Brandon's post encouraged me to repost my suggested list for those bored of the same-ole Cajun music and are interested in expanding their early Cajun music library. I've pasted the following from an early post that may have gone unnoticed. Enjoy
Instead of venturing into the subjective arena of "best Cajun music" of all time, I'd like to steer the topic into the direction of what I consider the most essential CD compilations out there, covering as much of the early Cajun music as possible. CDs that I personally believe should be in the libraries of any Cajun music enthusiast. Even recently (last 10 years), there have been some ground-breaking releases on the old material that I believe everyone should have access to, for reference, if anything. Even though LPs are still out there, I'll stick to CDs for now. And I'll stick to early Cajun (pre-1960)
NOTE: some of the material is issued by EU labels, mainly because their laws on licensing old recordings is very open.
1 - The Complete Early Recordings Of Dennis McGee (Yazoo, 1994)
While Dennis can be found in a variety of other compilations, I chose this one since it covers the vast material he did with Courville and Fruge in one collection. It however does not contain the material with Ardoin or Lejeune.
2 - Cajun Vol. 1 Abbeville Breakdown 1929-1939 (Columbia 1991)
Traditional and String Band eras. While it's missing much of the Falcon material, it's covers plenty of the Breaux material as well as the Guidry family that recorded a decade later called the Alley Boys of Abbeville.
3 - Cajun Early Recordings (JSP, 2004)
Traditional and String Band eras. This 4CD set will really kick-off your Cajun music library. It covers plenty of early Falcon, Breaux, McGee Ardoin, Soileau, even Walker! The last CD is purely Hackberry Ramblers in all their glory.
4 - CAJUN-Rare & Authentic (JSP 2008)
Traditional and String Band eras. Similar to JSP's early 2004 release, this one is just as essential. Materials you can't find in the first one, can be found here, including other McGee, Breaux, Falcon, and Ardoin materials, but also Segura, Dixie Ramblers, Jolly Boys, and several of Werner sessions, with some Hackberry Ramblers and Alley Boys as well.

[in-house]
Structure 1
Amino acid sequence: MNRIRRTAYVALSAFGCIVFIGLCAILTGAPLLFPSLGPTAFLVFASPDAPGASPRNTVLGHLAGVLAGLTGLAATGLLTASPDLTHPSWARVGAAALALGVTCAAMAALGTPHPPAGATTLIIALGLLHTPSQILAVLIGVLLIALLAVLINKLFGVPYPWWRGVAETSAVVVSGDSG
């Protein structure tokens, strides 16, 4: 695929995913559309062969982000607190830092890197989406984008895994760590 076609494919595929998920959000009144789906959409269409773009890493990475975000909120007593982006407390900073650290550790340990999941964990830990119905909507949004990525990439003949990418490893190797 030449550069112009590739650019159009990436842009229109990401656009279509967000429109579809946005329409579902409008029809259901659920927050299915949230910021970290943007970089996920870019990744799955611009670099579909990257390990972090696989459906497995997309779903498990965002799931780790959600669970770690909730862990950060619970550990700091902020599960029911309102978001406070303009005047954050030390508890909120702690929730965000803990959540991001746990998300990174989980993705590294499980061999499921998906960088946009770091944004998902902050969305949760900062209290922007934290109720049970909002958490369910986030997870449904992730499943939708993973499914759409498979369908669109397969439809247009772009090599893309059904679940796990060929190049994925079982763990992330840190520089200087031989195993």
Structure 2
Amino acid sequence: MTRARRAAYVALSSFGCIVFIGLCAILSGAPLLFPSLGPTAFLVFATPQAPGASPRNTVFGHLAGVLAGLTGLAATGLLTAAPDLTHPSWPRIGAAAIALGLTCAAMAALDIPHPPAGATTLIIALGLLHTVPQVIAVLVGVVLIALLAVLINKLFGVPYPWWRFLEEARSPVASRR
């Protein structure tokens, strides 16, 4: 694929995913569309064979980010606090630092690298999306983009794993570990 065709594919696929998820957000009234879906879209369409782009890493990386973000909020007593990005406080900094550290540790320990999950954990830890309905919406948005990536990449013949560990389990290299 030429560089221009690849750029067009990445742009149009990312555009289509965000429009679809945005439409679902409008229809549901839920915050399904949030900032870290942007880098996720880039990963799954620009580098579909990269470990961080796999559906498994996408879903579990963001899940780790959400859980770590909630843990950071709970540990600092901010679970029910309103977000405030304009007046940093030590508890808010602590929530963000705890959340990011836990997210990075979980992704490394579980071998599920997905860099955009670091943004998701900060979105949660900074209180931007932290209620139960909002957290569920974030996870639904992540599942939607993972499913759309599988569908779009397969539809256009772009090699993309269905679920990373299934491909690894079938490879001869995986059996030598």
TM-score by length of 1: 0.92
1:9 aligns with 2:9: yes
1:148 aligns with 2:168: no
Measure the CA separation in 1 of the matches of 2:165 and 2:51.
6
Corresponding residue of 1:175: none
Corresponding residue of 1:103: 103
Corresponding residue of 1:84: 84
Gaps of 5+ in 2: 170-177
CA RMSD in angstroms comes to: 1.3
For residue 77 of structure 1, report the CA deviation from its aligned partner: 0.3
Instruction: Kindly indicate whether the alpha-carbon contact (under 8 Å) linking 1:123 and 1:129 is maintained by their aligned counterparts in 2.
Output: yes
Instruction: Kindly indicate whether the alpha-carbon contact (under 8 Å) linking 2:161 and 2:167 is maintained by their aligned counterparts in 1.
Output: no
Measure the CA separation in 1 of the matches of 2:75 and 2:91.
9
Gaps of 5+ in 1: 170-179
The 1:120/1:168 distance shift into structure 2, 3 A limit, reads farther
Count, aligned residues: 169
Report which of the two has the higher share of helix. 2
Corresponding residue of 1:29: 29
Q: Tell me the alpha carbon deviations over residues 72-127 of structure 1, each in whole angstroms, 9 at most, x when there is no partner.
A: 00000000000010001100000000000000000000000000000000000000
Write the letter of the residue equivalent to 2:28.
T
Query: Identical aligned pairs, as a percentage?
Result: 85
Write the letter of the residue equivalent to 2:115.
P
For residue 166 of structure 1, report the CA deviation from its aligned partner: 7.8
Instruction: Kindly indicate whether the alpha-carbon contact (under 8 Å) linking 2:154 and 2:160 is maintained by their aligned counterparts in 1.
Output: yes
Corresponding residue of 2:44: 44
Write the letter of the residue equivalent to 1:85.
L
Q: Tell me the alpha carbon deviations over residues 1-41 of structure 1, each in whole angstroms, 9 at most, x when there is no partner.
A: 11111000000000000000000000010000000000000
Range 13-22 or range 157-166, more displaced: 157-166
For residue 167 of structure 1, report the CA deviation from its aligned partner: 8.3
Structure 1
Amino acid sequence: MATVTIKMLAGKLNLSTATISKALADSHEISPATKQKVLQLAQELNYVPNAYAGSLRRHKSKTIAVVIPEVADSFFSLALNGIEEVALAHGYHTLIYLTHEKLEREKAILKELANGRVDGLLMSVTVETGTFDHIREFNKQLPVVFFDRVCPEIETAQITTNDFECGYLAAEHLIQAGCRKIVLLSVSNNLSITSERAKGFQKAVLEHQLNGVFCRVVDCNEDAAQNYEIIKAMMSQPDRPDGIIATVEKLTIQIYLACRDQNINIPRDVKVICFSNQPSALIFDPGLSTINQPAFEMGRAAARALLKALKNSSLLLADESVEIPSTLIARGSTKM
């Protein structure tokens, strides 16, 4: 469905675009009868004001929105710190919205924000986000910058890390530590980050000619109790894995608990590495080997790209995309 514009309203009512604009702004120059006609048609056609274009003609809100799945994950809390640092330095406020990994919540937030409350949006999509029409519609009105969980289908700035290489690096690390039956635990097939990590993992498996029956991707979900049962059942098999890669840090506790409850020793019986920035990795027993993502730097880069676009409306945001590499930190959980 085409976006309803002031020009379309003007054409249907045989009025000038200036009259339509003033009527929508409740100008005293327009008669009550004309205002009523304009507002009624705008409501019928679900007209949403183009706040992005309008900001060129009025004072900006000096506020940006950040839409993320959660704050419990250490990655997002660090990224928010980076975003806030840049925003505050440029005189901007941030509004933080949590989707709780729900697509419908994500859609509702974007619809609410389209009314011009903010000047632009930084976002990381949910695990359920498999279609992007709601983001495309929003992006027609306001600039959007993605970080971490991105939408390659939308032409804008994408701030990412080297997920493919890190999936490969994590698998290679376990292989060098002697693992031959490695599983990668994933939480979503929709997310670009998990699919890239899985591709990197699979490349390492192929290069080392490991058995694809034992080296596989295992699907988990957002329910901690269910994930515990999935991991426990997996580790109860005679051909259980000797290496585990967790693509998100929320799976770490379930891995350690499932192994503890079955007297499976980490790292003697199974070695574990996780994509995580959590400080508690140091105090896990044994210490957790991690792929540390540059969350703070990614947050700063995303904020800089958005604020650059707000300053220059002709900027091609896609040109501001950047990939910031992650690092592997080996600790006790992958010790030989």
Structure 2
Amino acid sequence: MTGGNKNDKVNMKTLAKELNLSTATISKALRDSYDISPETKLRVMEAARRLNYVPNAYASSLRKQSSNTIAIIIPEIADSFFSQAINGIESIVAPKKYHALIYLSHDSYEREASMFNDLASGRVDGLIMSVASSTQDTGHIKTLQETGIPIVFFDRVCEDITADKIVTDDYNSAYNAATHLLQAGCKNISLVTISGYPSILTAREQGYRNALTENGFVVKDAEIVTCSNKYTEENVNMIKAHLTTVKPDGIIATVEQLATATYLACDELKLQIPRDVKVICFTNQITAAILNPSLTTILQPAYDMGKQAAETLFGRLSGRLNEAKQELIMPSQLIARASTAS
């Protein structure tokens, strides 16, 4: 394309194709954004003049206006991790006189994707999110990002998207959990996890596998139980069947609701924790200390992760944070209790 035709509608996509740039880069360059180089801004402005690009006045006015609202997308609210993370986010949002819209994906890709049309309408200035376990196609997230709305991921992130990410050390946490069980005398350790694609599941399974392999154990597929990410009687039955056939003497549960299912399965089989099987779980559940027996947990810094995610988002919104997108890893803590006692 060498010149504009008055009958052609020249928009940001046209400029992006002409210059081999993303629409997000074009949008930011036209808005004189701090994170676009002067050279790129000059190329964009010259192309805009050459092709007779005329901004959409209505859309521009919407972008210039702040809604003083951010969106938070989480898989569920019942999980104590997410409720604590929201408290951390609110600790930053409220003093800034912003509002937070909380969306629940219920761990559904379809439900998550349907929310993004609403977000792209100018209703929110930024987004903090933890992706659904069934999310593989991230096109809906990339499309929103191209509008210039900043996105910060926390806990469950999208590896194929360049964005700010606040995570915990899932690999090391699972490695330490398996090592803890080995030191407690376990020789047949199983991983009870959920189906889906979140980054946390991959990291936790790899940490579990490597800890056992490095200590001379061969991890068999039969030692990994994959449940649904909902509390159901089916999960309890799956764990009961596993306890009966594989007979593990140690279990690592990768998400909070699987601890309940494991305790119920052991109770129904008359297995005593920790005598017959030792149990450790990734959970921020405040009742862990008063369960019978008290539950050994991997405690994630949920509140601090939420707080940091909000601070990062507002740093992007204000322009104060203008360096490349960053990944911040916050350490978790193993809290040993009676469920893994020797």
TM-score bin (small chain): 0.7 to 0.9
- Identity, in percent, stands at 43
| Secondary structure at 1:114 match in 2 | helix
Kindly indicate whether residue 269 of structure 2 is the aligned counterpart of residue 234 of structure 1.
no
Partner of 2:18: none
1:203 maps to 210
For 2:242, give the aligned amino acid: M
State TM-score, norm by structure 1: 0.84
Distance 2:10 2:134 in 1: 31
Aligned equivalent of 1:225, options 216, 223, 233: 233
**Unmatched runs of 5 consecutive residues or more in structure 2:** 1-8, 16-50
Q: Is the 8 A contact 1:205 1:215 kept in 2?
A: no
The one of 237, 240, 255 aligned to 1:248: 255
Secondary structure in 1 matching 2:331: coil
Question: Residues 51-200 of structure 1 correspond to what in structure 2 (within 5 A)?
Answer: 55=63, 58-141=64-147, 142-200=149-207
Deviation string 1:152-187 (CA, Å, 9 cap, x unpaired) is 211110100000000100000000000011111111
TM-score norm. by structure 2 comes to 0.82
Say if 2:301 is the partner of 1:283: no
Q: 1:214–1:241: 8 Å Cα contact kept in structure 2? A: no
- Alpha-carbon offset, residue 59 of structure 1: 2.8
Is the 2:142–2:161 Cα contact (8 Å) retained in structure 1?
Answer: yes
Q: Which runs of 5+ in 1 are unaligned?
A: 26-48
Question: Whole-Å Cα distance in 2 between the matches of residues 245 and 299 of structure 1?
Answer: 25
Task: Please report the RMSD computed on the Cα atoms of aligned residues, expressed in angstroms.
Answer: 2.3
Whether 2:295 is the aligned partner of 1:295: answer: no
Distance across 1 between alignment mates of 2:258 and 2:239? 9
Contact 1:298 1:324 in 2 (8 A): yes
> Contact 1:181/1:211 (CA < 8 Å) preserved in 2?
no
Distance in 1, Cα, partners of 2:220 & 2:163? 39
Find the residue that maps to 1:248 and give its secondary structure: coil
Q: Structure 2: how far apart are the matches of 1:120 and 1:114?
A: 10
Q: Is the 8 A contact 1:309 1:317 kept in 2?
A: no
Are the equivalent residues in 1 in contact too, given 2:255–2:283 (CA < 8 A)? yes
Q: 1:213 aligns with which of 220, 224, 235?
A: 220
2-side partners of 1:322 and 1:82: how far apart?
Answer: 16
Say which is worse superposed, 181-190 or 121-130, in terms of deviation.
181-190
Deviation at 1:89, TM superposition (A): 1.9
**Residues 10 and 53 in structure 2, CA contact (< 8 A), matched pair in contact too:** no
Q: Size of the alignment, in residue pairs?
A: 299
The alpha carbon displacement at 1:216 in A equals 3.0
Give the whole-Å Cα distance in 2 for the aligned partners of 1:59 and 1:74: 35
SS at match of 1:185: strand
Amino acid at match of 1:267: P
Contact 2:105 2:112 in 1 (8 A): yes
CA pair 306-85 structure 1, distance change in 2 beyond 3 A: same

5 - Early American Cajun Music (Yazoo, 1999)
Traditional era. This covers the obscure recordings from north of Cajun country, by John Bertrand, Blind Uncle Gaspard and Delma Lachney. Distinctly different than the French which was being recorded at the time, this CD contains the most material from this group.
6 - Let Me Play This For You: Rare Cajun Recordings (Tompkins Square, 2013)
Traditional era. This is really the only release to cover the material from Angelas Lejeune and the duo Percy Babineaux & Bixy Guidry in full glory. This contains the issues of Dennis with Angelas as well that the Yazoo is missing. Until 2013, most of this wasn't available to anyone. Mastered by my good friend Chris King.
7 - Mama, I'll Be Long Gone : The Complete Recordings Of Amede Ardoin (Tompkins Square, 2011)
Traditional era. There are 2 major CD releases of Amede Ardoin, this being the latest. This completes the Dennis collection by containing the ones with Ardoin and Dennis too. I recommend this one over the 1995 Arhoolie one done for 2 reasons. First, this is a 2 CD set finally containing everything Ardoin did and second, it was remastered by Chris King with modern noise reduction equipment (although purists may disagree if this is a positive thing or not). Sadly, unlike the Arhoolie release, it does not contain his lyrics. :(
8 - Cajun Country Volume 2: More Hits From The Swamp (JSP, 2005)
Traditional era and string band. This does contain quite a bit of some material from the CDs above, but has enough rare stuff to complete your collection that I still recommend it if you have the room in the library. While it has some Ardoin, Falcon, Lejeune, Werner and Alley Baoys, what makes it shine is it's include of the Credeur stuff, Soileau Couzens, Arteleus Mistric, Columbus Fruge, Segura Brothers, Fawvor Brothers, Slim Doucet, Joe's Acadians, Delin T, tons of Fuselier's Merrymakers, very early Nathan Abshire, and tons of early Happy Fats. Def needed in the library.
9 - Cajun String Bands: The 1930s: "Cajun Breakdown" (Ahhoolie 1997)
String band era. A good mix of Fuselier, Soileau and Hackberry on one CD. Several tunes not found in other places. Adding a few tunes by Clifford Breaux and Dixe Ramblers.
10 - The Early Recordings Of Leo Soileau (Early American Cajun Music) (Yazoo 1999)
Traditional era. The only CD to cover Leo Soileau's early accordion-led recordings before he switched over to string band music in the 30s. Features all of the Mayuse Lafleur material as well as alot of Moise Robin materials. An essential one!
11 - French Blues (Arhoolie, 1993)
Dancehall era. The only CD really needed of Nathan Abshire during this period. Contains almost all the material from his Khoury/OT years, when he was laying down his most recognized tunes. The original Kaplan Waltz, Bayou Teche, and original versions of Pine Grove Blues. This goes well with the next CD.....